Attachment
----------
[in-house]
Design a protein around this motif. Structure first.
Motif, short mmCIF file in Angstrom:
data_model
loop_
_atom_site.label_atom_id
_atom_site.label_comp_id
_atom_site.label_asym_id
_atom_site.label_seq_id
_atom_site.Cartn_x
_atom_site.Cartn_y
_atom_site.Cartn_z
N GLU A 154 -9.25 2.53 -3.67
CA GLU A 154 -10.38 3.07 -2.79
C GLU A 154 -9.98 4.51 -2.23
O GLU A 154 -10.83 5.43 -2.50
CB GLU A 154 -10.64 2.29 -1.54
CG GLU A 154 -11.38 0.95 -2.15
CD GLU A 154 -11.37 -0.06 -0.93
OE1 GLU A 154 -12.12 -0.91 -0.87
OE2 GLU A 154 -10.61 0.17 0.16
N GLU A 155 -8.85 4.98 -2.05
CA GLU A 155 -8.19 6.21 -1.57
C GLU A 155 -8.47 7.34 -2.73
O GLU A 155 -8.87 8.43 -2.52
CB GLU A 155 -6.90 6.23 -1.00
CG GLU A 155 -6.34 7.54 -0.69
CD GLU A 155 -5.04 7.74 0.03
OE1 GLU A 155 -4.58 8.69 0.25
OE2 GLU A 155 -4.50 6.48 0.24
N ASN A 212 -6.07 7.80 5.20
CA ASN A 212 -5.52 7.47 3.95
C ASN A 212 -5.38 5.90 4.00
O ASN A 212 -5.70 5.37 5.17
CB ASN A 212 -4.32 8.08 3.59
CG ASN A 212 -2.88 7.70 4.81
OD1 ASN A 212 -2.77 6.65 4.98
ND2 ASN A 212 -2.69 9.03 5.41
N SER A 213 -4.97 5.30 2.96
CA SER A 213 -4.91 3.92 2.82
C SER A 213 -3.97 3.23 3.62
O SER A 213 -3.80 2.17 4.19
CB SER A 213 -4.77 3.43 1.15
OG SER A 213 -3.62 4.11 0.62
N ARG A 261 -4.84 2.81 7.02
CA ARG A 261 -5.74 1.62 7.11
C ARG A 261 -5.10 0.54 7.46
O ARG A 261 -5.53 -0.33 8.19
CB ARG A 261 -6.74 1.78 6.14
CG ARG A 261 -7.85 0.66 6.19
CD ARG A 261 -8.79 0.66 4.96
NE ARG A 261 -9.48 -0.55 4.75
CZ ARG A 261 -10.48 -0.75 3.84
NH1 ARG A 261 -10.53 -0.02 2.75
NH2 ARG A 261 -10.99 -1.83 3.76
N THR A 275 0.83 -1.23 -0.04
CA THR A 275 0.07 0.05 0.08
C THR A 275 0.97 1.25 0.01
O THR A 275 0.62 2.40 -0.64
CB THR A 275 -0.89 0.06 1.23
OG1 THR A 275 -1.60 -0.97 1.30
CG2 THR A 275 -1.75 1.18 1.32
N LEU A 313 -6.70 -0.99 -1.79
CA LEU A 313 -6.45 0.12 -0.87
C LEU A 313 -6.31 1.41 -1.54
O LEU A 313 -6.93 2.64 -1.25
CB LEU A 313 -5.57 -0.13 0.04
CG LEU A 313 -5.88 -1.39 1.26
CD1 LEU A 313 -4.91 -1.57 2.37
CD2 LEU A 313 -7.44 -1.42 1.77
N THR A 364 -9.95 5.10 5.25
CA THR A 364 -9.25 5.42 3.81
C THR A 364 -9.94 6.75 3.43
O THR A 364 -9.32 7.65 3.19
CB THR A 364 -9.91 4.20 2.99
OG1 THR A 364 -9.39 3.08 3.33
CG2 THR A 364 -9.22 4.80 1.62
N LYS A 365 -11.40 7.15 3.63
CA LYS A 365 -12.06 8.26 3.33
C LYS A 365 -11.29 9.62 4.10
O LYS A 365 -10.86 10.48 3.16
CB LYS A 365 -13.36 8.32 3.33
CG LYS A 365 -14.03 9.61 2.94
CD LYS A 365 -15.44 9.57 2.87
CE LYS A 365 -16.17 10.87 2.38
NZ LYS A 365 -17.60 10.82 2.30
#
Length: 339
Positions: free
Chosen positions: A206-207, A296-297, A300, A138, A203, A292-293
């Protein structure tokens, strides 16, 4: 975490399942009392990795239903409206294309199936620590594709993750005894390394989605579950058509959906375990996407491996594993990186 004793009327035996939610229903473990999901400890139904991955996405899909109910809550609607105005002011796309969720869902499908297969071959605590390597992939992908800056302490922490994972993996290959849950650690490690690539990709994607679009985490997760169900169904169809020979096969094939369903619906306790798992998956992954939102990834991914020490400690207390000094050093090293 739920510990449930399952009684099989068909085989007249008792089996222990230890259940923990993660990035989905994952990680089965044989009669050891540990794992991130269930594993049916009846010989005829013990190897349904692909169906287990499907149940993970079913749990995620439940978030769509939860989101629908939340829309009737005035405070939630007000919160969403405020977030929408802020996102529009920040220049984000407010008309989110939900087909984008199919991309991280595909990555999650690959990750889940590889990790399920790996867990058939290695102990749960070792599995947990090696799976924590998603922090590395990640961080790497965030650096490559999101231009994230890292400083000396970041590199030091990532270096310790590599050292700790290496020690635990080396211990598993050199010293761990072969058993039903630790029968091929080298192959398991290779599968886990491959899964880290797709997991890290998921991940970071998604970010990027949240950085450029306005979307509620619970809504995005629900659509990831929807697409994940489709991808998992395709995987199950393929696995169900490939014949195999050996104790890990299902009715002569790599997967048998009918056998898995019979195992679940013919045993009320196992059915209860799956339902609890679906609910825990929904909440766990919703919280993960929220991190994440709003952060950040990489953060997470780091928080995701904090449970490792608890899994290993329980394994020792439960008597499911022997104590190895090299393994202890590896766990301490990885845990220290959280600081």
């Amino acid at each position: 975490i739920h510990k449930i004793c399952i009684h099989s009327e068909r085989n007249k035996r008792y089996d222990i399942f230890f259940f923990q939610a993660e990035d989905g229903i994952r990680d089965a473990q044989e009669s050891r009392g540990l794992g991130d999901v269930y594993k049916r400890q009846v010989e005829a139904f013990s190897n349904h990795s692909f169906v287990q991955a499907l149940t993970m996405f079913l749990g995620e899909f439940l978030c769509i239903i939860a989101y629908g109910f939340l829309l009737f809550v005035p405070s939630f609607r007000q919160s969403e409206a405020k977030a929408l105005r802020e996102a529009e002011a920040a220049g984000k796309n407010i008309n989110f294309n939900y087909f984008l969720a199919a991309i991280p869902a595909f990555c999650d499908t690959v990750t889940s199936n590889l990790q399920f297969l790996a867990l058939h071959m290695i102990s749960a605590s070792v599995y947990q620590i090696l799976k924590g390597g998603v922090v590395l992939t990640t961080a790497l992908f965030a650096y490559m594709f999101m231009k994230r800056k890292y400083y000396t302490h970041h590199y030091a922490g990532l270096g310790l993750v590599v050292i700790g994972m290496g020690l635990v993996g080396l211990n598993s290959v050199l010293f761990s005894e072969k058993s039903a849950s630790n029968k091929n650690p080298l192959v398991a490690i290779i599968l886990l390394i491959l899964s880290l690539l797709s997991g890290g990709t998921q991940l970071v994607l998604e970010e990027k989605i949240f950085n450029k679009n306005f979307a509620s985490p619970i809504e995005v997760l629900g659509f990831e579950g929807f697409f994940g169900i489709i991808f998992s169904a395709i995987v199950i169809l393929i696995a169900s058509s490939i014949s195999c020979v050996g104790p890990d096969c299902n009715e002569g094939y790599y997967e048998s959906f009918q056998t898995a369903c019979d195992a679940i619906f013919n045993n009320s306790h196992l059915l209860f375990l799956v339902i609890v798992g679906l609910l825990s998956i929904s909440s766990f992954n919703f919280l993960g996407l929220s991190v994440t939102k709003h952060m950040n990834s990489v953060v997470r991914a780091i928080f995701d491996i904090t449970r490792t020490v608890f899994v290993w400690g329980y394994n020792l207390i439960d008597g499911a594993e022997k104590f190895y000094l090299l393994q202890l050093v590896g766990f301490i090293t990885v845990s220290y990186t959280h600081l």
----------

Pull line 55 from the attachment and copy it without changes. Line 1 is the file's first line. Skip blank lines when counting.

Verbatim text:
NH2 ARG A 261 -10.99 -1.83 3.76